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Thu, 09 Jul 2020
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24 killed in armed attack on Mexican drug rehab clinic, second deadly attack in a month

Mexican soldiers
© Reuters / Luis Cortes
FILE PHOTO: Mexican National Guard soldiers protect a crime scene, June 3, 2020.
Twenty-four people were shot dead after a group of gunmen stormed a drug rehab center in Central Mexico and opened fire on patients and employees. It was the second deadly attack on the facility since last month.

The alleged mass shooting in the city of Irapuato on Wednesday was first reported in local media and later confirmed by Pedro Zavala, secretary of Municipal Citizen Security, who said the armed assailants entered the rehab clinic and started shooting, wounding seven in addition to the 24 killed. Graphic images have emerged on social media purporting to show the aftermath of the attack.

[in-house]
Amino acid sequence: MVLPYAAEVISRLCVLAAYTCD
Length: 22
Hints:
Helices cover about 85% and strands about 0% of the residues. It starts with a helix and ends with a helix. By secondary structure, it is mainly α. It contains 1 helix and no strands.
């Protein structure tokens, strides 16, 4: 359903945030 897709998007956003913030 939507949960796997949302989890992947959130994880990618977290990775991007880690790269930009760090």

Record 15 tons of Daesh-linked 'Jihadi drugs' seized from ship, caught on video by Italian authorities

drugs isis
© Twitter/Guardia di Finanza
Around 15 tons (14 tonnes) of the amphetamine captagon were recently seized from a ship that Italian authorities believe was en route to supply the black market for synthetic drugs in Europe - which has been suffering amid the COVID-19 novel coronavirus lockdowns.

"We know that [Daesh] finances its terrorist activities mainly by trafficking drugs made in Syria, which in the past few years has become the world's largest producer of amphetamines," Italian police said on Wednesday, as reported by CBS News.